23 September, 2018

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Remembering Neelan’s Voice Of Moderation At Moments Of Political Extremism

By Michael Roberts

Dr Michael Roberts

Dr Michael Roberts

Neelan Tiruchelvam was a friend and fellow-researcher with whom I had interacted for many years. Late in 1986 towards the end of my long sabbatical research spell in Sri Lanka when my interests were focused on the data that eventually became the book People Inbetween (1989, Sarvodaya Book Publishing), Neelan approached me and asked me to participate in a conference of South Asian scholars scheduled for the Maldives. He wanted me to present a reflective paper on what was widely referred to as “the riots of 1915” or marakkala kolahālaya, an atrocious moment when Sinhalese people attacked the local Muslims residing in the south-western quadrant of the island.

The Maldives!! Oo la-la!! As an avid snorkeler, for me this was a dreamtime invitation.

However, it also meant work.

Neelan’s invitation was clearly guided by three considerations: (A) the theme of the proposed conference, namely, ethnic violence; (B) the fact that I had presented a paper on the “riots” before the Ceylon Studies Seminar way back in 1972[1] and (C) the pogrom of July 1983 directed at Tamils residing in the Sinhala-majority regions in many parts of the island.

The latter event was also widely referred to as “riots” – the result of widespread bondage on the part of people (including, initially, myself) within the terminology of the British administrative and legal lexicon. By the mid-1980s, however, I had broken these bonds, guided in part by the horrendous events of July 1983 and the innovative reference to these events as a “pogrom” by such scholars as Charles Abeysekera, Shelton Kodikara and Newton Gunasinghe.

The conference organized by the ICES and Neelan did not take place in the Maldives. Kathmandu was the location where a galaxy of Asian scholars was assembled under ICES auspices in February 1987: no swimming and snorkeling, but plenty of civilizational sites and stunning landscapes as sideline recreational fare amidst the stirring intellectual fare provided via the interactions with several Pakistani and Indian scholars, among them Akmal Hussain, Ashis Nandy, Dipesh Chakrabarty and Veena Das.[2]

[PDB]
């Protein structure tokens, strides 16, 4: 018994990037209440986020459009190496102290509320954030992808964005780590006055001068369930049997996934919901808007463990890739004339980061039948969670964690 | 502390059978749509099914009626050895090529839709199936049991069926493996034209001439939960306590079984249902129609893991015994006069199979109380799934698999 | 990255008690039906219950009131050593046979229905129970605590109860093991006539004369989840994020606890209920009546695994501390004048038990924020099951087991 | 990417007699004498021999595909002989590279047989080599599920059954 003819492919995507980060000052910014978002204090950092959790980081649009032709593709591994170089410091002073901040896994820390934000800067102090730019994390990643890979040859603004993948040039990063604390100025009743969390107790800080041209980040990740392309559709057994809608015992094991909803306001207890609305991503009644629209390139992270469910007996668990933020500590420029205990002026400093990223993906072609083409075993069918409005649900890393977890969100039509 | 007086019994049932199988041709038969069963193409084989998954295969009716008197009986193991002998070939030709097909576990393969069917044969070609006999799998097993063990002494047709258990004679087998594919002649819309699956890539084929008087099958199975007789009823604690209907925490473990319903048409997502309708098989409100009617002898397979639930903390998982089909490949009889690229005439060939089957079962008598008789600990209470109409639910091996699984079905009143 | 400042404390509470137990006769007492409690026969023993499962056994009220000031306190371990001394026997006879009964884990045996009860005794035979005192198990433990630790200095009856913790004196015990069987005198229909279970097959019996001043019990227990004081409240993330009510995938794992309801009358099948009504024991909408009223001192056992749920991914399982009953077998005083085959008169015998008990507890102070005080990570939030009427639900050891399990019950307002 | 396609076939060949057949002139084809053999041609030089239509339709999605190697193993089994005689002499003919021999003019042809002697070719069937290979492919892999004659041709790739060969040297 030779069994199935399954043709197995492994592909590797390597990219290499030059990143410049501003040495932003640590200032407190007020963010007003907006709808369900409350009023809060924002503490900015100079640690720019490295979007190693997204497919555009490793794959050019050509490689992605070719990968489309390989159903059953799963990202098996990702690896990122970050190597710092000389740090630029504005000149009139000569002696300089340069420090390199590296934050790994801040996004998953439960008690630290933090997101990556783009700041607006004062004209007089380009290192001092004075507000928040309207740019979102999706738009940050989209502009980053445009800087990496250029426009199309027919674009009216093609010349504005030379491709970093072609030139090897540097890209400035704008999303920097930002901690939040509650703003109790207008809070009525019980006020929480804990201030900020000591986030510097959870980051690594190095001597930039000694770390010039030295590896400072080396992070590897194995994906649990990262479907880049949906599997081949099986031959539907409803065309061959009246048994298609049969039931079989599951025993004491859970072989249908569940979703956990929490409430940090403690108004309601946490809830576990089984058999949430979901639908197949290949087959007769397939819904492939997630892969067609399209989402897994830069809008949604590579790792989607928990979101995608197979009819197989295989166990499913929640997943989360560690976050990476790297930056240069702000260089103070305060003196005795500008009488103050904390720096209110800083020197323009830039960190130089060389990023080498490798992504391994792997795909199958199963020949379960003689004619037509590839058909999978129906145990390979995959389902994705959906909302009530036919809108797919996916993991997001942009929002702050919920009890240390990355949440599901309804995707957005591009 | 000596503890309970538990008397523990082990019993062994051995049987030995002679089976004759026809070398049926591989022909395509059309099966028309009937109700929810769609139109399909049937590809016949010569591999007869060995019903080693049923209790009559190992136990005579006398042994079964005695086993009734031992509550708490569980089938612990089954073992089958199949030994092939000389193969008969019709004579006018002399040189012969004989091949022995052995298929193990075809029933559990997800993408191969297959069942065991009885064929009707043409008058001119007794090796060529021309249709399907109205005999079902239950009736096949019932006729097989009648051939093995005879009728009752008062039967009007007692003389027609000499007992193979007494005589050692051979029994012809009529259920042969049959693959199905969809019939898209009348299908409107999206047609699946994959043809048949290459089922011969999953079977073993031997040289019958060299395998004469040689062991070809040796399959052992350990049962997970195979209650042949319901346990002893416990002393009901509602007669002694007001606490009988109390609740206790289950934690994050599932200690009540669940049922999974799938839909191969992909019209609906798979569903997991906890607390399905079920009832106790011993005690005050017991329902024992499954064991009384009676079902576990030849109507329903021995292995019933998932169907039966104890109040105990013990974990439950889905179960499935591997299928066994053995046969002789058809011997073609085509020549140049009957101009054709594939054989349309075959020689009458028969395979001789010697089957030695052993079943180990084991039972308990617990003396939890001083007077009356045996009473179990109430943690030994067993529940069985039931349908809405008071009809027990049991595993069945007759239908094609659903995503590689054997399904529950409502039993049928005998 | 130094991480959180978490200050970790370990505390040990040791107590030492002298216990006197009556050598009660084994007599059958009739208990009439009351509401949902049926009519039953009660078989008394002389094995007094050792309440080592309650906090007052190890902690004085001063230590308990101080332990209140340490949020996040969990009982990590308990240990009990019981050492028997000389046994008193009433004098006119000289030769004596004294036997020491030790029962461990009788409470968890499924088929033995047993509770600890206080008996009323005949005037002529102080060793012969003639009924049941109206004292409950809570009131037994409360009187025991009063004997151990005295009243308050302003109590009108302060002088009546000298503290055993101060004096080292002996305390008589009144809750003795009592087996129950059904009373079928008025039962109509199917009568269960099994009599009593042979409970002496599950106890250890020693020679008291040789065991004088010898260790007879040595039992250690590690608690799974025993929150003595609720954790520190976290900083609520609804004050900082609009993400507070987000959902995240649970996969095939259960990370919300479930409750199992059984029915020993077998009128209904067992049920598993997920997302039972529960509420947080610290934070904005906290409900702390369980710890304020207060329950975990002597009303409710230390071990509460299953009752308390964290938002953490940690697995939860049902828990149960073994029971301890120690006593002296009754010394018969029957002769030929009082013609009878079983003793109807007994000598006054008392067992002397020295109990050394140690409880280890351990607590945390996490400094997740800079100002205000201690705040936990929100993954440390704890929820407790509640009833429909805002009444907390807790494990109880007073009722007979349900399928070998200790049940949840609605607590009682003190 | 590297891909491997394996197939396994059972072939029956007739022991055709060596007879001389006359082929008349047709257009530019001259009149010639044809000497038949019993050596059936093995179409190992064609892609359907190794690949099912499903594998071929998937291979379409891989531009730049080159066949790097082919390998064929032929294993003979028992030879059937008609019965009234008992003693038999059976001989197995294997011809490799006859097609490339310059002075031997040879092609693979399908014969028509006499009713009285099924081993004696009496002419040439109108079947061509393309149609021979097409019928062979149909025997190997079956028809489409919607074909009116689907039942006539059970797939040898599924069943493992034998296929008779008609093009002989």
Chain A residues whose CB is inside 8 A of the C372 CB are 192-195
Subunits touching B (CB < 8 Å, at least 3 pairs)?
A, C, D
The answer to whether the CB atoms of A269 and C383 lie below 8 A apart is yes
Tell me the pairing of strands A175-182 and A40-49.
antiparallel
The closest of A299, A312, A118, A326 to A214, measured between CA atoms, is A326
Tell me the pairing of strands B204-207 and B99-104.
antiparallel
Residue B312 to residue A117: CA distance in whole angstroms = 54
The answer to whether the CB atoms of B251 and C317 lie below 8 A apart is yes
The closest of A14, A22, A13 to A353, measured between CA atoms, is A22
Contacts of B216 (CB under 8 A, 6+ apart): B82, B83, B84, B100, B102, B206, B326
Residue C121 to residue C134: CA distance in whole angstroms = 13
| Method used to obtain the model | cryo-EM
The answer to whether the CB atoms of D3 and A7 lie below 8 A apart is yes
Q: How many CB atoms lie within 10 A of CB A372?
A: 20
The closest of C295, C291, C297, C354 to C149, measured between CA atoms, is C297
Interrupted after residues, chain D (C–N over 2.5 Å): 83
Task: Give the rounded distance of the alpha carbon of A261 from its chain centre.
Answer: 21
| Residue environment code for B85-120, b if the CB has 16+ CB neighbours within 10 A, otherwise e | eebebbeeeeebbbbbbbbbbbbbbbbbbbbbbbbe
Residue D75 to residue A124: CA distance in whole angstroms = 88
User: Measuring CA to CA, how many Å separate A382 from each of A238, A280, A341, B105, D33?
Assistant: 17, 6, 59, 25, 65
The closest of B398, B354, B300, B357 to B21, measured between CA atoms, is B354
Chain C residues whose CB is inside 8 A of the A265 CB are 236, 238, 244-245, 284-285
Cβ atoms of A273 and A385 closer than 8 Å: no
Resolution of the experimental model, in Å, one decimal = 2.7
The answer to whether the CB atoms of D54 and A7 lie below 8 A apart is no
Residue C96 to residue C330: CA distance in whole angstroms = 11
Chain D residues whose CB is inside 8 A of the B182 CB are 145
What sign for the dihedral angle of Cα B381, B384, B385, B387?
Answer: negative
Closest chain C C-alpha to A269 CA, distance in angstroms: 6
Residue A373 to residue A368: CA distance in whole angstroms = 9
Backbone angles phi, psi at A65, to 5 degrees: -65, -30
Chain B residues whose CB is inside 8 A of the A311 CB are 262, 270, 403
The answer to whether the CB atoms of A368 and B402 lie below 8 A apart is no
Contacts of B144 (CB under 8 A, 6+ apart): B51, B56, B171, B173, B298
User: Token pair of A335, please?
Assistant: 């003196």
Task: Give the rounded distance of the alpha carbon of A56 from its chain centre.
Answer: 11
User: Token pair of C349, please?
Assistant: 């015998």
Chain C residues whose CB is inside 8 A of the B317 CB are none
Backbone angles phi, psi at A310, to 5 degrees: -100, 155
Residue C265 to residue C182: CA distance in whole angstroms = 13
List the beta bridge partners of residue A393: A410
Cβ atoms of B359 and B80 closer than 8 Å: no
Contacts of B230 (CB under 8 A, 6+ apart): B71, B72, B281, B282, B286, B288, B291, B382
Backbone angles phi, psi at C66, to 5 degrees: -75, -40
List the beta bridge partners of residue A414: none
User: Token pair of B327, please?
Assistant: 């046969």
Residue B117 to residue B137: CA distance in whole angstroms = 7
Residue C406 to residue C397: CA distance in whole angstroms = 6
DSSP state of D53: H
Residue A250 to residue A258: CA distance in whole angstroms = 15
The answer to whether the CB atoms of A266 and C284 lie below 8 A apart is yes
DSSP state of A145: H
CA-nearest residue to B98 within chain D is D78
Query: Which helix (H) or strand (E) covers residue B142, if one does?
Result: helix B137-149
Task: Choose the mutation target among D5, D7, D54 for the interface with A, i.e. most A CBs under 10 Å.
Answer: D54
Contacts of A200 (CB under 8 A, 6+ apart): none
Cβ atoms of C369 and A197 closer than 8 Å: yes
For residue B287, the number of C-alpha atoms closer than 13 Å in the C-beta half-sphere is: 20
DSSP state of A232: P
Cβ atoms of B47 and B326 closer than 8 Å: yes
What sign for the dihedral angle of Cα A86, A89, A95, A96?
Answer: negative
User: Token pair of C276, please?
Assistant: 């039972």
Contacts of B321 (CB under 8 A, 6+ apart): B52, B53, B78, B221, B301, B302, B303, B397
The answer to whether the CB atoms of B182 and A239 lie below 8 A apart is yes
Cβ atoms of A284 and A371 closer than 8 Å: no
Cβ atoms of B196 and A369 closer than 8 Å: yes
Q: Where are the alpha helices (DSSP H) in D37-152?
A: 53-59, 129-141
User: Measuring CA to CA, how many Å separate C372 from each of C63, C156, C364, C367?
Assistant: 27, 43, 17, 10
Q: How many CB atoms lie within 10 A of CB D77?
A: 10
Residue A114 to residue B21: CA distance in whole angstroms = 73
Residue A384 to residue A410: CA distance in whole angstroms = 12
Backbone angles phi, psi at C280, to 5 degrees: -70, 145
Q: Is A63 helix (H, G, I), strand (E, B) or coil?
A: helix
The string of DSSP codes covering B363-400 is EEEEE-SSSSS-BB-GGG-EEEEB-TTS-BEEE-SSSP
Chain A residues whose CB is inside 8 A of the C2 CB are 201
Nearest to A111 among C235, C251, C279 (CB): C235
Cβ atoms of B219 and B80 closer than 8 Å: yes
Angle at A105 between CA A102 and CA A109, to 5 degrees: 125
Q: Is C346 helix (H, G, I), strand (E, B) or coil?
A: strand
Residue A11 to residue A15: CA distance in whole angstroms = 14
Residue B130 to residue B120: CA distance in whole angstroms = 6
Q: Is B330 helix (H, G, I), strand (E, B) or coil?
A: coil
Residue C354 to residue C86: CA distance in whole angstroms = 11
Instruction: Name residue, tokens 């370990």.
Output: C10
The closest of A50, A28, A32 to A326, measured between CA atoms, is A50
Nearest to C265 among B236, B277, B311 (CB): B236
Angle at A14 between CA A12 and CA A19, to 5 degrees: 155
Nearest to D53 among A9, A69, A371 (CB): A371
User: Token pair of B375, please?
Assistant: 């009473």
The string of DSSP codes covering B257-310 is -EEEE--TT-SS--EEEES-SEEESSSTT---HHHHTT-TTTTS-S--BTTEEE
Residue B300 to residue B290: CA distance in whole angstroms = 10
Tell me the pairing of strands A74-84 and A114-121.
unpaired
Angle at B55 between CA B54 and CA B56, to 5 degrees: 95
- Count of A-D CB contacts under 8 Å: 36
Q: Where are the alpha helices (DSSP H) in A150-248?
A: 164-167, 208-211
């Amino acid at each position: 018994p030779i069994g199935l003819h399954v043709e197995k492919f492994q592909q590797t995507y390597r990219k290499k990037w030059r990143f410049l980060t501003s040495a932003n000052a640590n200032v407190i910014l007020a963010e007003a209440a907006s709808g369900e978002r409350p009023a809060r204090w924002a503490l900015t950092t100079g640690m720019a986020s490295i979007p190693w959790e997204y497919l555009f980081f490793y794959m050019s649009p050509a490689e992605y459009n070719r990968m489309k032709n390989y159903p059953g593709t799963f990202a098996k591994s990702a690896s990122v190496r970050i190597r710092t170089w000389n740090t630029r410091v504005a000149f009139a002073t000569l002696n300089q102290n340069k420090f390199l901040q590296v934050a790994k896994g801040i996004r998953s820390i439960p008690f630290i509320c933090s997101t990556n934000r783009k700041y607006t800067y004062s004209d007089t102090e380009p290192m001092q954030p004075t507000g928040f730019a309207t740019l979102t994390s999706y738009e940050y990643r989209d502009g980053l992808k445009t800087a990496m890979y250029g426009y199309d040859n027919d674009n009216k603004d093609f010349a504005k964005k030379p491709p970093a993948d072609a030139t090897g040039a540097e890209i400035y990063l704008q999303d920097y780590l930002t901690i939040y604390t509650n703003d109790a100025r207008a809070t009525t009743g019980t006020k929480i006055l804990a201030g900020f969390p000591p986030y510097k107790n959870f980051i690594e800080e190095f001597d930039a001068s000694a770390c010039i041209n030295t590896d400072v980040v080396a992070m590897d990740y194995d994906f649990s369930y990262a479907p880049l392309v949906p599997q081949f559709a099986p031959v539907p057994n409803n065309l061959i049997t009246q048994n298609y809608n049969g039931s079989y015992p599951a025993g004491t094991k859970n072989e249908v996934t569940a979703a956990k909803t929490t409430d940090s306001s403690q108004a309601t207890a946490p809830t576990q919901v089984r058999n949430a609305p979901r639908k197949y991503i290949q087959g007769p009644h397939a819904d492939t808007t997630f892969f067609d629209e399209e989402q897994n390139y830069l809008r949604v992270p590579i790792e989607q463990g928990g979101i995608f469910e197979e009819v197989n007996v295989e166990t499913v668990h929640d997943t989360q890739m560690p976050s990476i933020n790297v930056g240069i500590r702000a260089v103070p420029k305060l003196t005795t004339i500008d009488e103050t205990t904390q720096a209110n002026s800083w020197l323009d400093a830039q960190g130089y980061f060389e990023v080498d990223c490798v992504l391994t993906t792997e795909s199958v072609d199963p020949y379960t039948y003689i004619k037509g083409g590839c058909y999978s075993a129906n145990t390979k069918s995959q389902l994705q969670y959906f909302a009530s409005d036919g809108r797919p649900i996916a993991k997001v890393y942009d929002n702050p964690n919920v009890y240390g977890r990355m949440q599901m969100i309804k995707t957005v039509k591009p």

It was not just stirring. Neelan’s request and the intellectual challenge it posed led me in a new academic direction: focusing on “communal violence in southern Asia” and the 1915 pogrom in particular. It was a quest that led me to begin writing a book on the 1915 pogrom, which in turn induced me to spend four months in Delhi in 1995 researching communal violence in the recent Indian past. This book-project then expanded into its wider context – working up another book on “Sinhalese nationalism in the British period.”

The book on the 1915 pogrom was abandoned once I was able to distil the work into two articles in one of my anthologies (Confrontations in Sri Lanka, published in 1994 by Harwood Academic Publishing). Three chapters of the work on Sinhalese nationalism were in my drawers by 1998 when my decision to concentrate on what was scheduled to be the baseline chapter, namely, a clarification of what sort of identity prevailed before the transformations effected by the British, snowballed. Yes snowballed and extended like the proverbial Jack’s beanstalk to become Sinhala Consciousness in the Kandyan Kingdom (2004, Vijtha Yapa Publications).